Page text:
While swing music tended to feature orchestrat
While swing music tended to feature orchestrated big band arrangements, bebop music highlighted improvisation. Typically, a theme (a "head," often the main melody of a pop or jazz standard of the swing era) would be presented together at the beginning and the end of each piece, with improvisational solos based on the chords of the compositions. Thus, the majority of a piece in bebop style would be improvisation, the only threads holding the work together being the underlying harmonies played by the rhythm section. Sometimes improvisation included references to the original melody or to other well-known melodic lines ("quotes", "licks" or "riffs"). Sometimes they were entirely original, spontaneous melodies from start to finish.
Chord progressions for bebop compositions were often taken directly from popular swing-era compositions and reused with a new and more complex melody, forming new compositions (see contrafact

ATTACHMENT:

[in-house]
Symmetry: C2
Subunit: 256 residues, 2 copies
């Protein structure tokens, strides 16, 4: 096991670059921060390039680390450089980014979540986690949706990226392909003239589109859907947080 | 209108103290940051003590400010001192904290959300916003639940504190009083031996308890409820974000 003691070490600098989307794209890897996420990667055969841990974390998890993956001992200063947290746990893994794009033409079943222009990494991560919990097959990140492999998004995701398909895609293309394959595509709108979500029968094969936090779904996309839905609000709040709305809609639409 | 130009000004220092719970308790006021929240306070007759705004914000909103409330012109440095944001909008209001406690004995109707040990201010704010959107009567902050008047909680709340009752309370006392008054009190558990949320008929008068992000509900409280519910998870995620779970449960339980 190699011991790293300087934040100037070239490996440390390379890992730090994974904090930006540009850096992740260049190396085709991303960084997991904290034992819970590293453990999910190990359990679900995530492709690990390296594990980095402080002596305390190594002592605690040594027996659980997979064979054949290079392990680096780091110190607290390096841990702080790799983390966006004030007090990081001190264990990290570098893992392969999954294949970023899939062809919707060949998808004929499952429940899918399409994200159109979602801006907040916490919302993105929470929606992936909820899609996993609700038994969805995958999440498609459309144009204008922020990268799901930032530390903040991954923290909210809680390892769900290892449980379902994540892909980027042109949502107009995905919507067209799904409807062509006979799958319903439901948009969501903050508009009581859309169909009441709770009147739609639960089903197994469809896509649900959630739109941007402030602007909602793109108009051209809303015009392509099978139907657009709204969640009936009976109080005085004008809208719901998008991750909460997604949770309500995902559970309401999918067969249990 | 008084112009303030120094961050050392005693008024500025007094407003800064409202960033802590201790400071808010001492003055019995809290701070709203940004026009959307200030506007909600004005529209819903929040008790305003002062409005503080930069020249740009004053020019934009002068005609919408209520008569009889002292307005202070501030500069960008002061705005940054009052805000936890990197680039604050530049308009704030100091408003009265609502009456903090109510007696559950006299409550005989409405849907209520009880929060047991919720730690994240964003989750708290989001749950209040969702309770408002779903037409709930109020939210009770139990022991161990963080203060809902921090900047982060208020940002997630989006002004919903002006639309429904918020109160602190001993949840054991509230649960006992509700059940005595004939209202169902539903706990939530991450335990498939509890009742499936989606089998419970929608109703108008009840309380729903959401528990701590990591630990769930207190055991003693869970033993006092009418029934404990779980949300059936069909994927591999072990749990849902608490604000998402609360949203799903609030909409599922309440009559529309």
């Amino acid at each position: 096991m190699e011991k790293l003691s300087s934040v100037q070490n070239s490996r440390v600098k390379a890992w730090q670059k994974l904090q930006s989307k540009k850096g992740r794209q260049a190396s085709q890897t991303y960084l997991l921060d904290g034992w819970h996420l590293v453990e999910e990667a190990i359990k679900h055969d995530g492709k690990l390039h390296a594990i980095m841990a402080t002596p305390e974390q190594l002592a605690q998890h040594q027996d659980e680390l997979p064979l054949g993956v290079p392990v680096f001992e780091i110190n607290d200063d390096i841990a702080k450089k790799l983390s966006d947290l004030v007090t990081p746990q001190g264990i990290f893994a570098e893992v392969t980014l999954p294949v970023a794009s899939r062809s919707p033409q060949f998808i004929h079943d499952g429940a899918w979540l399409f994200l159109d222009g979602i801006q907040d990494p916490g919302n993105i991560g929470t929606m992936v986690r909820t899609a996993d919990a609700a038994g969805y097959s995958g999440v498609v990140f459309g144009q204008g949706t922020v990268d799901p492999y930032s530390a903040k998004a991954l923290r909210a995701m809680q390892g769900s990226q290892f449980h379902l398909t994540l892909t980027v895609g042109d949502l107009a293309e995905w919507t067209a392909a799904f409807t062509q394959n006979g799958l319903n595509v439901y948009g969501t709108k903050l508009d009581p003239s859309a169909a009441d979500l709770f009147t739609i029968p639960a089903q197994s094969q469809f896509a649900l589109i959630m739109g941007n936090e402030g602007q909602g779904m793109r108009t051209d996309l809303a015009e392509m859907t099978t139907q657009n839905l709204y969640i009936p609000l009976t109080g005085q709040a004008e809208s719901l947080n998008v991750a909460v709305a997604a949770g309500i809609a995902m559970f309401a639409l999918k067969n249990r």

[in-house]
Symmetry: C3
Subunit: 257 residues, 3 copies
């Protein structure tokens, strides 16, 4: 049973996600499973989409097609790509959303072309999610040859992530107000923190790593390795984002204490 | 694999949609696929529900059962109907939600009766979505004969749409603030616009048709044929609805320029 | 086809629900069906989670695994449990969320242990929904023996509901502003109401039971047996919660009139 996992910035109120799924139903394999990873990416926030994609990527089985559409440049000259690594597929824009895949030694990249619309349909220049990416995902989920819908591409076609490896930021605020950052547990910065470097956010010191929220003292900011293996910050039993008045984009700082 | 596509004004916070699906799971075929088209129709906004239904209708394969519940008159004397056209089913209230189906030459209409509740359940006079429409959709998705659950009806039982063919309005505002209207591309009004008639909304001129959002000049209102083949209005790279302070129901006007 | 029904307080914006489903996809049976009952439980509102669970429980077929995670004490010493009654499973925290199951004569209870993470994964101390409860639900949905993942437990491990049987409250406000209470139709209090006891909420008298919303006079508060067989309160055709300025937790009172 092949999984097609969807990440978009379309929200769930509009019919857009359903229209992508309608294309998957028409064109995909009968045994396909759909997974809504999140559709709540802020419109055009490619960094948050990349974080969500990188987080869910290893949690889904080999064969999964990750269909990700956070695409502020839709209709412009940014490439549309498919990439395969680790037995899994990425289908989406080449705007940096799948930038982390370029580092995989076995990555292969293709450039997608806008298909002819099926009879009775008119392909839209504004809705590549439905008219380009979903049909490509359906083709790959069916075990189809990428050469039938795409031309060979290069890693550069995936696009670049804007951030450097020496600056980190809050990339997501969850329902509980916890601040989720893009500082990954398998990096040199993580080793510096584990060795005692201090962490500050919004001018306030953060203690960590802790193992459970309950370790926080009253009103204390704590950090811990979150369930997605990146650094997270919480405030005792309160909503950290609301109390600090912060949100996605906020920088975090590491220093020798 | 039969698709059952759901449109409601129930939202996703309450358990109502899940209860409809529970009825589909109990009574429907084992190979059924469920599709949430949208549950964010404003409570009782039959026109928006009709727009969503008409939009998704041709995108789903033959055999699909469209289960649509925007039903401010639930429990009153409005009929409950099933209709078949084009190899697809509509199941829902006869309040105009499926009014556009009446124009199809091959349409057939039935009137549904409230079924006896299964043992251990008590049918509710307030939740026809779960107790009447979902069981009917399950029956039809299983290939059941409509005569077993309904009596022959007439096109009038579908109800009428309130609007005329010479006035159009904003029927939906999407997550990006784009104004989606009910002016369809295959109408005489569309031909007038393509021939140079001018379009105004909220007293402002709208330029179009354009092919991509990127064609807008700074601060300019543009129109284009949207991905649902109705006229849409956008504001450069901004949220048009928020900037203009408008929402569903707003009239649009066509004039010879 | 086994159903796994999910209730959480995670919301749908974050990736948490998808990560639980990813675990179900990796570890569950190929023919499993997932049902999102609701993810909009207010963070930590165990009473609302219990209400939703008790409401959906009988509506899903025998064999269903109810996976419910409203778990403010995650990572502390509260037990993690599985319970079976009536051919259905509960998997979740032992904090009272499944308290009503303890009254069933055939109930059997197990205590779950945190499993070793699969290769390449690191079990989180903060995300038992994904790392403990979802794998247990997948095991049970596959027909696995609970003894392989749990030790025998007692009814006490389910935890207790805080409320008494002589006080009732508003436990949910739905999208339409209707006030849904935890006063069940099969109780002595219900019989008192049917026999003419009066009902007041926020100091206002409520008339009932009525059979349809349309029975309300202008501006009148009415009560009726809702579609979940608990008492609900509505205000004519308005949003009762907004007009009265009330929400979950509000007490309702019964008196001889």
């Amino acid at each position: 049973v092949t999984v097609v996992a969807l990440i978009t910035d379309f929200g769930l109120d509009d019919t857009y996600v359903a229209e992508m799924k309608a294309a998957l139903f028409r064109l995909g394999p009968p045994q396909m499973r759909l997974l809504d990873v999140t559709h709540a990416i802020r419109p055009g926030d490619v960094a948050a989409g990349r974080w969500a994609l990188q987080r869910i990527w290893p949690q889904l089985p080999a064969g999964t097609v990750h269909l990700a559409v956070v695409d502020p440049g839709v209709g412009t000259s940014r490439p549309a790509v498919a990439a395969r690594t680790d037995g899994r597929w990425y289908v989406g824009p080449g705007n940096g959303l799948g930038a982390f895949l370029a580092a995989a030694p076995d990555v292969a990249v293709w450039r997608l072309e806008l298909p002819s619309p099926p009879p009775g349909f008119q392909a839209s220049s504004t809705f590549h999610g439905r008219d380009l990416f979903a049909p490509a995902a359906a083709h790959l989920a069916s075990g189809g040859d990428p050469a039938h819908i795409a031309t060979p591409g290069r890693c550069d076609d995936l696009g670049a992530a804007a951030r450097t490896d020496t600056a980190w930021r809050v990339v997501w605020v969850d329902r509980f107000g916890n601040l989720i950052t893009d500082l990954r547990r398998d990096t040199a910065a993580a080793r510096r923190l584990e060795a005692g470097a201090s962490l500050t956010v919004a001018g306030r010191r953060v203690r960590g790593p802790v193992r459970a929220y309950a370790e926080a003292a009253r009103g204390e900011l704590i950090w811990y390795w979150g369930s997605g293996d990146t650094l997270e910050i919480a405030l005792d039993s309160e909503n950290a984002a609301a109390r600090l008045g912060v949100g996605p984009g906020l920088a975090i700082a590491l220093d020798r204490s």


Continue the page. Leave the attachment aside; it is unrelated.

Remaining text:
Chord progressions for bebop compositions were often taken directly from popular swing-era compositions and reused with a new and more complex melody, forming new compositions (see contrafact). This practice was already well-established in earlier jazz, but came to be central to the bebop style. The style made use of several relatively common chord progressions, such as blues (at base, I-IV-V, but infused with II-V motion) and 'rhythm changes' (I-VI-II-V, the chords to the 1930s pop standard "I Got Rhythm"). Late bop also moved towards extended forms that represented a departure from pop and show compositions. Bebop chord voicings often dispensed with the root and fifth tones, instead basing them on the leading intervals that defined the tonality of the chord. That opened up creative possibilities for harmonic improvisation such as tritone substitutions and use of diminished scale based improvised lines that could resolve to the key center in numerous and surprising ways.